US Government Lies About Nukes! ALSO: The Sky is Blue!

Ever since I read about the report from the Bulletin of the Atomic Scientists, I’ve been wrestling with the implications. You can go to: www.bullatomsci.org/issues/1999nd99/nd99norris.html to read the story yourself. It’s a long one, I’m afraid.

What I mean from my title is that it’s a given, isn’t it, that governments lie about where and when they deploy their weaponry. What astonished me is that in some cases, they lied to the host countries about it. They didn’t trust anyone, even allies.

They also lied about the crashes of planes htat were carrying nukes, saying only “conventional” explosives were involved. One of these crashes was in Canada on the St. Laurence River near a small town. The residents heard the crash and the USAF covered it up. (How do you Canadian Dopers feel about that?) In 1950, a plane carrying a nuke from a California airfield crashed and the USAF claimed it was ten 500-pound conventional bombs all exploding simultaneously. (Yeah, and gamma rays will give me super-powers.) The nuke itself did not go off, there was no radiation leak, but still…

Weapons were deployed in French Morocco in 1952 without telling the French.

Greenland is Danish property. The Danes (publicly) forbid the deployment of nukes on their soil and forbid anyone from ferrying nukes through their airspace. When a B-52 carrying four nukes crashed in Greenland, there was a lot of covering up by the Danes and the US. The Danes seemed to have a “don’t ask, don’t tell” policy. “If you’re going to fly nukes over Greenland, just don’t tell us. That way, we can deny knowing about it.” The USA said, “OK.”

I know about national security. I know some secrets need to be kept. But to keep them from your allies? Violate national sovereignty and then act surprised when the violated country cries “Foul!”? (See Italy’s response to the news.)

Is it any wonder when people in other countries say they can’t trust us and that we’re arrogant? If we lied to our allies about nukes, what else will we lie to them about? Deployment and/or use of chemical and/or biological weapons, perhaps?

And is it really a representative democracy when the public doesn’t know what its representatives are doing?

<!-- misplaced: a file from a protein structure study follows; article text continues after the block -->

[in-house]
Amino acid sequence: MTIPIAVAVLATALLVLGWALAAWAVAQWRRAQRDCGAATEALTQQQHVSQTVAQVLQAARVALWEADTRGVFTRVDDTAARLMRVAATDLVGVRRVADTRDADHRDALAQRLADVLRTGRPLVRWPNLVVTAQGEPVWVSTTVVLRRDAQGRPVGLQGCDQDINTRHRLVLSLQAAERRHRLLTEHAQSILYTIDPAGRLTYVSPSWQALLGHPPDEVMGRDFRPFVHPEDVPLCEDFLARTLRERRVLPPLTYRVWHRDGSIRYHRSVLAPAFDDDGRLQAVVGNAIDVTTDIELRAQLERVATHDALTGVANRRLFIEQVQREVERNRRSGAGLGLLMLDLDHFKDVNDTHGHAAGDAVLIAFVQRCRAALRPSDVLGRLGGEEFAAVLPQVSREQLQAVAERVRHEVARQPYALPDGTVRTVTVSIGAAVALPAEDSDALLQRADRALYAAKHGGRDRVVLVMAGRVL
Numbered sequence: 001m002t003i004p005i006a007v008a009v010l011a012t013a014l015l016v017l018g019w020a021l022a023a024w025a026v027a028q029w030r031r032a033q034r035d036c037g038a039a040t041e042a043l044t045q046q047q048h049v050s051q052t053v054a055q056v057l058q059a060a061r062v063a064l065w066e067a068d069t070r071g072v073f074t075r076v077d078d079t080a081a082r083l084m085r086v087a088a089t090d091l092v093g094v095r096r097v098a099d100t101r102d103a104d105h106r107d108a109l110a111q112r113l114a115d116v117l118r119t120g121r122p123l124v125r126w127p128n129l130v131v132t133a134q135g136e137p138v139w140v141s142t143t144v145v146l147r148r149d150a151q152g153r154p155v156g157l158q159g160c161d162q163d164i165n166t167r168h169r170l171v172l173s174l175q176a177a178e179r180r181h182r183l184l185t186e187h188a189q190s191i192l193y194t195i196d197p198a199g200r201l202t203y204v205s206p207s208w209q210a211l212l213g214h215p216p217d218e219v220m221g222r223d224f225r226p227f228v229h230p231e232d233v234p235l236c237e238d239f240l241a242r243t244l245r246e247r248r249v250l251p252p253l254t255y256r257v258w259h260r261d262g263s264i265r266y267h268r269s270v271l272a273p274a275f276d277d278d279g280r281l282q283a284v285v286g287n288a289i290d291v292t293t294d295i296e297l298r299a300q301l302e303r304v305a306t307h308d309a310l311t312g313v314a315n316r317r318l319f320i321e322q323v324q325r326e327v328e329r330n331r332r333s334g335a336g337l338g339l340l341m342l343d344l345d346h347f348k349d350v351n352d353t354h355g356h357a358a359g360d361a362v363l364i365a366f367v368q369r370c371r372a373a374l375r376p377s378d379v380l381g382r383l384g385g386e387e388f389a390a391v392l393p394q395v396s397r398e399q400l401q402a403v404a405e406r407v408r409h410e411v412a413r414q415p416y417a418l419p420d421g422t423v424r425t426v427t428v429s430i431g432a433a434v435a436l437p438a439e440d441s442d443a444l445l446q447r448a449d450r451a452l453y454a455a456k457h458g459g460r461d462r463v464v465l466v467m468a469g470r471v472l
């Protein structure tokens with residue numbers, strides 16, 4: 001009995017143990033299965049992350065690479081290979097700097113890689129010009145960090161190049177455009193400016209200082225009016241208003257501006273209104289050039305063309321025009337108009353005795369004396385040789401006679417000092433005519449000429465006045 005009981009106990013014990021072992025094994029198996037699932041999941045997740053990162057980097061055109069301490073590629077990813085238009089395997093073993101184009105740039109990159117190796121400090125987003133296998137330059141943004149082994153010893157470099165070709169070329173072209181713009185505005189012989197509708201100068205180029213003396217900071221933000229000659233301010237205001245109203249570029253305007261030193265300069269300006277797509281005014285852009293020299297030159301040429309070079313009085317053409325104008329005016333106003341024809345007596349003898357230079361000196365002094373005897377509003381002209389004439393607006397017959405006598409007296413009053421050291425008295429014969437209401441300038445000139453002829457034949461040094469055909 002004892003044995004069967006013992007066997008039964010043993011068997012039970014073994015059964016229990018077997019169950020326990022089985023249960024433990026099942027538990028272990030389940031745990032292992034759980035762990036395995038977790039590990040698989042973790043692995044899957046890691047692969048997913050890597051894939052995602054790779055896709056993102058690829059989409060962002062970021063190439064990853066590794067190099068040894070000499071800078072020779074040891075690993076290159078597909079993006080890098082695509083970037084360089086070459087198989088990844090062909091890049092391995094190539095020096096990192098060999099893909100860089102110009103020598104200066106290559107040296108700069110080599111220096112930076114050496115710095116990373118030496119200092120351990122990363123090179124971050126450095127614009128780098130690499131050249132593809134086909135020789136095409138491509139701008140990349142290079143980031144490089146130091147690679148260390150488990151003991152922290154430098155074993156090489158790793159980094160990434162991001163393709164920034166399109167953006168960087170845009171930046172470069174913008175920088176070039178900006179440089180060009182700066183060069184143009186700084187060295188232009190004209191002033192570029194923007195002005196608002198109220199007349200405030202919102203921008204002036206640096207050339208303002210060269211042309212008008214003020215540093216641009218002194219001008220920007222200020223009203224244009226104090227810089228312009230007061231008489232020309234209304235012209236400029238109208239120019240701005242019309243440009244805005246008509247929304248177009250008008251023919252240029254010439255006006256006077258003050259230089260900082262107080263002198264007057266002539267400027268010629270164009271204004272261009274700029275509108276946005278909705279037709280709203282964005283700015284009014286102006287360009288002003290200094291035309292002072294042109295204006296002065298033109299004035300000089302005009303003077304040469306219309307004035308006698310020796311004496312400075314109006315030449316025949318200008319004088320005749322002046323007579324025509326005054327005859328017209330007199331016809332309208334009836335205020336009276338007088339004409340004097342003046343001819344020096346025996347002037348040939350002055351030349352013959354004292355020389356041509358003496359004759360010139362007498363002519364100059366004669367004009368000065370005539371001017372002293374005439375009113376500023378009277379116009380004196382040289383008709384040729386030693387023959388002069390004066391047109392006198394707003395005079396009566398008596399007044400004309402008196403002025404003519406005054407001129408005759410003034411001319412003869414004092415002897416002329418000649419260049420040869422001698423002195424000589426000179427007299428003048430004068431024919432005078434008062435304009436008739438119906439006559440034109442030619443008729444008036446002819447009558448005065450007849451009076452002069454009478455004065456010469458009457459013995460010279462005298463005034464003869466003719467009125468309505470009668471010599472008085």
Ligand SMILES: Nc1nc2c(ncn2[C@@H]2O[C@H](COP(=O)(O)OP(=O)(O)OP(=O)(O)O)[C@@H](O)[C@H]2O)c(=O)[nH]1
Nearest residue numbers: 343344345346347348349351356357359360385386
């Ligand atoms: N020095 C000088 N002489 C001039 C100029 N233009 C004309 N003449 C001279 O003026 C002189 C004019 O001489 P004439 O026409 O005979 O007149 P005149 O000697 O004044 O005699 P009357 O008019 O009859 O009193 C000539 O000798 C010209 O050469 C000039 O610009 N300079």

I don’t think so.


Those who do not learn from the past are condemned to relive it. Georges Santayana

My apologies, everyone. I was in a hurry and mis-wrote the above link.

Just go to: http://www.bullatomsci.org/ There is a link on the BAS home page entitled “A Bulletin Exclusive”. That’ll get you to the story in question.

Is that why there was no response? I hope it’s not because no one else cares about the subject.


Those who do not learn from the past are condemned to relive it. Georges Santayana

Jab, I think if you’ll think about it strategically it will make more sense.

Personally I wouldn’t tell my own mother where the nukes are if she didn’t need to know. And by need to know I mean have an operational role in their deployment - or a strategic planning function.

Agree or disagree…the US policy is to never admit there are ever ANY NUCLEAR WEAPONS INVOLVED!

Except in the case of Hiroshima and Nagasaki of course…

Wonder why?


If you can’t convince them, confuse them.
Harry S. Truman

Cooper
You pull up to my dock…I wanna know if you got any nukes…is that a bad thing?


If you can’t convince them, confuse them.
Harry S. Truman

“You pull up to my dock…I wanna know if you got any nukes…is that a bad thing?”

Sorry, I’m a realist. It may be your right to know, but there is no way in hell you can expect anyone to tell you.

Jab1 said:

And that’s kind of the way it should be. “Need to know” and all that. I mean, we have some control over keeping spies out of our own forces, and they still manage to get info out. We have no control over allied forces. In fact, if I recall correctly, there was an issue about that in the whole Kosovo thing. We were telling allies when and where bombing was going to be, and some of those allies were allowing that information to get out.

When it comes to nuclear weaponry, the strategic deployment of forces in combat, or hi-tech R&D, I am very glad that the U.S. military is aggressively competent in deception and disinformation.


Hell is Other People.

Sake, I, of course, can neither confirm nor deny that I have ever had any level of participation in the United States special weapons program(s). But if you wish, you may take it on faith that the words “aggressively competent” are not always the best descriptor of what goes on.